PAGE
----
New Orleans Here’s the good news: add New Orleans to the list of cities that have passed a better wage for any company that subcontracts with the city or receives more than $50000. Beginning in January 2016 wherever the city’s public money goes in significant amounts, workers will find their wages set at $10.55. The measure passed by a 6-0 vote in the City Council, despite hand-wringing earlier by the Mayor about the potential cost. It is unclear how many workers will benefit, but all the movement is in the right direction and for a change, listening to the Council members, was done for the right reasons very deliberately to address inequity.
Local 100 United Labor Unions has already moved into gear in anticipation of a favorable vote, winning recognition on a unit of more than forty janitorial workers in recent days, knowing they could get the bump. We’ll be back at the airport where a new administration there had moved back our prevailing wages to the minimum on the last contract bid. We’re all over an announced privatization at the LSU campus in New Orleans where 70 workers are being pushed out of civil service protections. We’re on a roll having won a $10 minimum wage for school workers in the giant Houston Independent School District, and even seeing support finally building for a higher wage in Dallas where we have campaigned on this issue for years. It’s not a sea change, but it all adds up.
Hillary Clinton in parsing her position around “living wages” and the fight-for-$15 campaign has essentially argued that she is in favor of $15 in the cities that have already shown the courage to pass the measure like Los Angeles, New York, and Seattle, but thinks the wages should be tailored to local market. Boiling it down, this seems to largely be little more than a position in favor of a higher federal minimum wage in the $10.10 per hour range that President Obama has advocated.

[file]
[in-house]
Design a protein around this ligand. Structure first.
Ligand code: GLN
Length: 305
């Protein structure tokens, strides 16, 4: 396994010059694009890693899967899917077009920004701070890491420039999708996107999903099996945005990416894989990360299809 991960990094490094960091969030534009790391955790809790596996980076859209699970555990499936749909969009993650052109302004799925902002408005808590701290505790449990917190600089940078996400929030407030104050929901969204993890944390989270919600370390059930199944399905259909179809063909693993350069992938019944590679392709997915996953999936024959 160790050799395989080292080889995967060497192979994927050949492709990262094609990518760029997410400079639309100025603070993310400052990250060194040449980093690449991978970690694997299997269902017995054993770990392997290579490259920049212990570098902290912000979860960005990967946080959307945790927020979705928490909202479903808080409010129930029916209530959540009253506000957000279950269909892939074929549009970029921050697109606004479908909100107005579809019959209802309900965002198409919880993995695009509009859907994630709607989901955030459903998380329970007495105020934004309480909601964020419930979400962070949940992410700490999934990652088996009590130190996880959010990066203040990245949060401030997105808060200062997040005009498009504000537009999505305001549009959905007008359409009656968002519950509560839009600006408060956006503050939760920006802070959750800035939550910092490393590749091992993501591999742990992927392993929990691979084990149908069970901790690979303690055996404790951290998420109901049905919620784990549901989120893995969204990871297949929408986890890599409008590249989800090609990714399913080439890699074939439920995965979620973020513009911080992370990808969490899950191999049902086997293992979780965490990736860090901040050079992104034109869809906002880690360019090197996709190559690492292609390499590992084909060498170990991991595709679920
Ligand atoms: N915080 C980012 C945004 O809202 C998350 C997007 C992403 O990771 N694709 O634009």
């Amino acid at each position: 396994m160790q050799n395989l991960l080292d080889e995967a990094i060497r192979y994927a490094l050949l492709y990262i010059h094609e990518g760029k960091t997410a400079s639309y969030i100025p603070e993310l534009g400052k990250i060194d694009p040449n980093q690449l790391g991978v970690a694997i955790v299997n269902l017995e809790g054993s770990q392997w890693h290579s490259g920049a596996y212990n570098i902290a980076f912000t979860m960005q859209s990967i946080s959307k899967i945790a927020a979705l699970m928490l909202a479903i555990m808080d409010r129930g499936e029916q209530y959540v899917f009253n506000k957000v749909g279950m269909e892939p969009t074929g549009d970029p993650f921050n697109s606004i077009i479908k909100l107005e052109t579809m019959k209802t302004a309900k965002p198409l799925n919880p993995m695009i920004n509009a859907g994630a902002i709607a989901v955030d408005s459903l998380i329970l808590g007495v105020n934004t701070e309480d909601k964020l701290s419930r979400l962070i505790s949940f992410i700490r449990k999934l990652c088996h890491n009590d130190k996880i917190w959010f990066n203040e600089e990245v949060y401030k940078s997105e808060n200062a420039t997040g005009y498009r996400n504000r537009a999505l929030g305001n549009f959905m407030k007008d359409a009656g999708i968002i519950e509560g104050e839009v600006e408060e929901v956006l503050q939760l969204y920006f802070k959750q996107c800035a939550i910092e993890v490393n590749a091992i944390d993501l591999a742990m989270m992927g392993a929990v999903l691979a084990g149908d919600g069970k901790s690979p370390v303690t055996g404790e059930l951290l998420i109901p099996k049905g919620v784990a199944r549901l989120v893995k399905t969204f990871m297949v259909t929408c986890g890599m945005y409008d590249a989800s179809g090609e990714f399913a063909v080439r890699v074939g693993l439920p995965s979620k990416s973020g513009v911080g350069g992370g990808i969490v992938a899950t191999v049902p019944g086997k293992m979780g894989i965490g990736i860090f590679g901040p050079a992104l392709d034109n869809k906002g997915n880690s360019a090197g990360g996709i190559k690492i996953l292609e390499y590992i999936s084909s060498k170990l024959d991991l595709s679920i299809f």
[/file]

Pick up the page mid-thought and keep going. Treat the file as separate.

Roberto Ferdman in the Washington Post’s “Wonkblog,” pulled together some interesting points about the purchasing power of minimum wages and even a 15-buck dream raise. On numbers crunched by Pew Research $15 would be different everywhere:
In Honolulu, the priciest urban area in the United States, a $15 minimum wage is only worth about $12.24; in rural West Virginia, meanwhile, where prices are lower than anywhere else in the country, $15 is worth closer to $20. The only place where $15 is actually worth $15 is Allentown, Pennsylvania
A map put together by Pew indicates that in places like New York City, greater Los Angeles, San Francisco Bay area, and the Seattle area even their stair step to $15 per hour still buys a lot less, sometimes more than 20% less, than it would buy in other areas. A careful look at the map indicates that the same problem of diminishing purchasing power exists in the metro Portland, Houston, Dallas, New Orleans, Miami, Denver, Minneapolis, Chicago, Boston, Philly, and Pittsburgh as well as some weird pockets like right at the tip of the New Hampshire-Canadian border. In other words the same cities where the pressure to raise the minimum wage is coming from. Unfortunately in most cases what we are winning is still piecemeal for contract workers here and for fast food workers there, while the inequity to workers trying to live on minimal wages in those cities is universal. Many cities, like Miami, New Orleans, Houston, and Dallas have been blocked from enacting citywide minimum wages in the corporate-political push-back to earlier living wage campaigns, most run by ACORN between 1995 and 2005.
What we have now is a patchwork of inequity on wages making even our victories, though hard fought, bittersweet. Almost all of the Republicans are described as “abolitionists” on minimum wages, not only opposing an increase, but arguing that there should be no set standards, substituting living wage campaigns for a plantation wage campaign. Democrats need to be careful on the business-friendly parsing being done by Hillary Clinton which risks faint praise for living wages as a pressure value in some urban pockets while leaving the rest of America’s lower wage workers stuck in the same rut waiting for a Congressional miracle.
We can’t really afford to change the debate from a federal minimum to regional wage rates like the ineffective, and often irrelevant, Mexican system. We need to speak with one voice.